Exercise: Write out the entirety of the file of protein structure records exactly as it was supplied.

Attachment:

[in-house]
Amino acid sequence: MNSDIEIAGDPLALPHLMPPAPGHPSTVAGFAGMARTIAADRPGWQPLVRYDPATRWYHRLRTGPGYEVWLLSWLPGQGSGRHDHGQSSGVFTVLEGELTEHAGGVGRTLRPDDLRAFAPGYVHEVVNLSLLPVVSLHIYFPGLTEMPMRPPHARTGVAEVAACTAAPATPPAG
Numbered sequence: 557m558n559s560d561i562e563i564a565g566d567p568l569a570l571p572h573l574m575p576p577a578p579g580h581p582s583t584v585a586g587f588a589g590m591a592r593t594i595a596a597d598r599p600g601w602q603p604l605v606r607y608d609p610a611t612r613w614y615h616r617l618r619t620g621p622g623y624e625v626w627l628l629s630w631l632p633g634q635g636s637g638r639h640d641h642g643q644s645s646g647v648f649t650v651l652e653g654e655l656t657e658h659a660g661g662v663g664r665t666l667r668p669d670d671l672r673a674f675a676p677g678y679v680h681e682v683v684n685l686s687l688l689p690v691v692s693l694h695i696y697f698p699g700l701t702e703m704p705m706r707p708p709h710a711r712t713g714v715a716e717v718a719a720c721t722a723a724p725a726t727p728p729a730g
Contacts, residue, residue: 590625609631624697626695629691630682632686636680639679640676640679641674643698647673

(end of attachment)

[in-house]
Amino acid sequence: MNSDIEIAGDPLALPHLMPPAPGHPSTVAGFAGMARTIAADRPGWQPLVRYDPATRWYHRLRTGPGYEVWLLSWLPGQGSGRHDHGQSSGVFTVLEGELTEHAGGVGRTLRPDDLRAFAPGYVHEVVNLSLLPVVSLHIYFPGLTEMPMRPPHARTGVAEVAACTAAPATPPAG
Numbered sequence: 557m558n559s560d561i562e563i564a565g566d567p568l569a570l571p572h573l574m575p576p577a578p579g580h581p582s583t584v585a586g587f588a589g590m591a592r593t594i595a596a597d598r599p600g601w602q603p604l605v606r607y608d609p610a611t612r613w614y615h616r617l618r619t620g621p622g623y624e625v626w627l628l629s630w631l632p633g634q635g636s637g638r639h640d641h642g643q644s645s646g647v648f649t650v651l652e653g654e655l656t657e658h659a660g661g662v663g664r665t666l667r668p669d670d671l672r673a674f675a676p677g678y679v680h681e682v683v684n685l686s687l688l689p690v691v692s693l694h695i696y697f698p699g700l701t702e703m704p705m706r707p708p709h710a711r712t713g714v715a716e717v718a719a720c721t722a723a724p725a726t727p728p729a730g
Contacts, residue, residue: 590625609631624697626695629691630682632686636680639679640676640679641674643698647673